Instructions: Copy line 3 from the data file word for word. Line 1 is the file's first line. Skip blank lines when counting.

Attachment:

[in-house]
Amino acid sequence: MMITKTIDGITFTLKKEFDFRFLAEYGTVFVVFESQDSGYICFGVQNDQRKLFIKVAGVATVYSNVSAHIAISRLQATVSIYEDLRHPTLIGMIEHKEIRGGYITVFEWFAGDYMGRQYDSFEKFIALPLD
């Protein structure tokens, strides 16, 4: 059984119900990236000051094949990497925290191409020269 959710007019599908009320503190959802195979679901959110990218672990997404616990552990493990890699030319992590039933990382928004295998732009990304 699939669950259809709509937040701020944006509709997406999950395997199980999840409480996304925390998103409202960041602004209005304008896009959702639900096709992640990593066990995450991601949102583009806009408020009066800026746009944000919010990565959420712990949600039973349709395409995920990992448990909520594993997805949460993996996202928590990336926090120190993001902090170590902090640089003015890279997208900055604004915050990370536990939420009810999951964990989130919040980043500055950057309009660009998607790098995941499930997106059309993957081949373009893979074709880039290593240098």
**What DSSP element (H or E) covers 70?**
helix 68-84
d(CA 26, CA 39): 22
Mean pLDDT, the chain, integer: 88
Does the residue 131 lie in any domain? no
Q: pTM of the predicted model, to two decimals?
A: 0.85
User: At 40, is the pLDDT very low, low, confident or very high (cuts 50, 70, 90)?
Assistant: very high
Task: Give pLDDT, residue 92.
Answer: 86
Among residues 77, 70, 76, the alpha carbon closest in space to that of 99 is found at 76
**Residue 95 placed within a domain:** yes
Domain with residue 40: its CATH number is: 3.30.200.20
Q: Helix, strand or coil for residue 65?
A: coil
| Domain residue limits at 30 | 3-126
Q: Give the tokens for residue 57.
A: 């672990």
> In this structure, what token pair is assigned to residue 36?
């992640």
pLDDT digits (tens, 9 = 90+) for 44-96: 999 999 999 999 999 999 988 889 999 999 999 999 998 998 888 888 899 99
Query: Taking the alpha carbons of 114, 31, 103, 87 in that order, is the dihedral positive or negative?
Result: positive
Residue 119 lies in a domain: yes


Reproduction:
């Protein structure tokens, strides 16, 4: 059984119900990236000051094949990497925290191409020269 959710007019599908009320503190959802195979679901959110990218672990997404616990552990493990890699030319992590039933990382928004295998732009990304 699939669950259809709509937040701020944006509709997406999950395997199980999840409480996304925390998103409202960041602004209005304008896009959702639900096709992640990593066990995450991601949102583009806009408020009066800026746009944000919010990565959420712990949600039973349709395409995920990992448990909520594993997805949460993996996202928590990336926090120190993001902090170590902090640089003015890279997208900055604004915050990370536990939420009810999951964990989130919040980043500055950057309009660009998607790098995941499930997106059309993957081949373009893979074709880039290593240098």